Film still from ‘The Artist’s Studio: Donald Judd’ (1972) © Michael Blackwood Productions Inc.

  • Thu Jul 4 2019, 07:00 PM

Special Screening: ‘Paradox’ and ‘Donald Judd’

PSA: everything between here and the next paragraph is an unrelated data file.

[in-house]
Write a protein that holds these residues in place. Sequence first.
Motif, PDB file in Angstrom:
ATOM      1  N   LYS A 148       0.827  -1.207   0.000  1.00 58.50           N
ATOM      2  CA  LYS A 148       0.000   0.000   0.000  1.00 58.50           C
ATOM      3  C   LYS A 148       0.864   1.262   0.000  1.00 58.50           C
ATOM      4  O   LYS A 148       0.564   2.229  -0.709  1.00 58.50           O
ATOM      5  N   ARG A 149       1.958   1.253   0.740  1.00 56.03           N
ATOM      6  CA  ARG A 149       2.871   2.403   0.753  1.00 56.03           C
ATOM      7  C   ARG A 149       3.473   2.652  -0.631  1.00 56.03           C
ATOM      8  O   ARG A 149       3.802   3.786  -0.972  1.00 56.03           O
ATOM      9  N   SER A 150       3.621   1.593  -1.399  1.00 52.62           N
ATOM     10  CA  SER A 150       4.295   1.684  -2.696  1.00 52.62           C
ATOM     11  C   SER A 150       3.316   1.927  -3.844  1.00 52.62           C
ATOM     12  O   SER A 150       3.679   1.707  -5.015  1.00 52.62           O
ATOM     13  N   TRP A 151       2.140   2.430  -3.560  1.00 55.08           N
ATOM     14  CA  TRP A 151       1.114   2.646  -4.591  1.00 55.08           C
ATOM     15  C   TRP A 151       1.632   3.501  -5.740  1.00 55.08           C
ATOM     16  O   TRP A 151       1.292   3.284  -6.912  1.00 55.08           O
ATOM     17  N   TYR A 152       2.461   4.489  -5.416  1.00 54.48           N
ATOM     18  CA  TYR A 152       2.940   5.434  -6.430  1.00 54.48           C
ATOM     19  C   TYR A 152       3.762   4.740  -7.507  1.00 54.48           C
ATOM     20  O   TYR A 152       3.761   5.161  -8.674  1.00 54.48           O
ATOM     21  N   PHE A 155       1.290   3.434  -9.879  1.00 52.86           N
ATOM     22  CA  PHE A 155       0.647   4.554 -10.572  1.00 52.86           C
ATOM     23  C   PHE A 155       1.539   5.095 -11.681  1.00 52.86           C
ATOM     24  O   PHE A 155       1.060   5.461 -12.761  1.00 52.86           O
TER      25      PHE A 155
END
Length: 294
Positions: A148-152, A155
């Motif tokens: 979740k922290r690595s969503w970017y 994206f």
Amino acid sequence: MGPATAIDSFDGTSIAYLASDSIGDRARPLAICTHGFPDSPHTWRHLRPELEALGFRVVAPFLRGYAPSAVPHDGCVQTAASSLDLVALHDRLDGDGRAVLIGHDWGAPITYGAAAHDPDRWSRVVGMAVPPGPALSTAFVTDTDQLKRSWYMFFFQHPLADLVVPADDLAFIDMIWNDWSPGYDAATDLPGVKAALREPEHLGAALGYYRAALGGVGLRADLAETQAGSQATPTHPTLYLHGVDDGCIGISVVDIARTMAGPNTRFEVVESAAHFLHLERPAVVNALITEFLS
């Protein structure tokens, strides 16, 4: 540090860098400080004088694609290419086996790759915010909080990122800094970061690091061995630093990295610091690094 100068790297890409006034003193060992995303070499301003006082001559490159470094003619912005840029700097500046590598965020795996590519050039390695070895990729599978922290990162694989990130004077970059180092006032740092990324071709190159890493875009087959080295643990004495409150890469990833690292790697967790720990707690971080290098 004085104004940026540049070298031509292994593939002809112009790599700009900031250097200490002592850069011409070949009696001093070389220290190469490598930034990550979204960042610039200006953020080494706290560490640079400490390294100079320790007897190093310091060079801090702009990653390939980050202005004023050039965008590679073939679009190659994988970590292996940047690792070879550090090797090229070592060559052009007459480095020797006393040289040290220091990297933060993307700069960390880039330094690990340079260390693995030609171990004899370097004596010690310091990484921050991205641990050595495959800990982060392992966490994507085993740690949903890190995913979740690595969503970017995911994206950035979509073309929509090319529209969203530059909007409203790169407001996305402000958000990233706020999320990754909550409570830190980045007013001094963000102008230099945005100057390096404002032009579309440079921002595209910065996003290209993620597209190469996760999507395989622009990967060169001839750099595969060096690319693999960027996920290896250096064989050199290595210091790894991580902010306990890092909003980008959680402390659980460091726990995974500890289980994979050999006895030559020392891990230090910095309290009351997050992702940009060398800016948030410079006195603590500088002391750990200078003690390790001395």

In celebration of the exhibition ‘The Sylvio Perlstein Collection. A Luta Continua,’ from June to July, Hauser & Wirth presents a series of film screenings, introducing the significant artists in the collection and in art history. Robert Ryman in ‘Paradox’ (2007) Duration: ca. 15min Growing up in Nashville, Robert Ryman had a strong interest in music. A bebop musician in his youth, Ryman’s musical knowledge influenced his work as a painter. His approach to learning an instrument was applied to painting. Ryman prefers to work alone, using white paint on square forms, he creates works such as Philadelphia Prototype, highlighting the subtle nuances of a surface and exploring the role that context and perception play in a visual experience. The Artist’s Studio: Donald Judd (1972) Directed by Michael Blackwood Duration: 33 mins Of the generation following the Abstract Expressionists, Donald Judd was one of the key figures among American artists who pioneered new directions in the 1960s. In 1968 he bought a cast-iron building on 101 Spring Street in SoHo that housed his family, his studio and a showroom on the ground-floor. There he could exhibit his works which he preferred to call ‘specific objects,’ the title of his manifesto published in 1965. Free Admission. Limited seats available. RSVP required: Address: Fringe Upstairs, The Fringe Club, 2 Lower Albert Rd, Central

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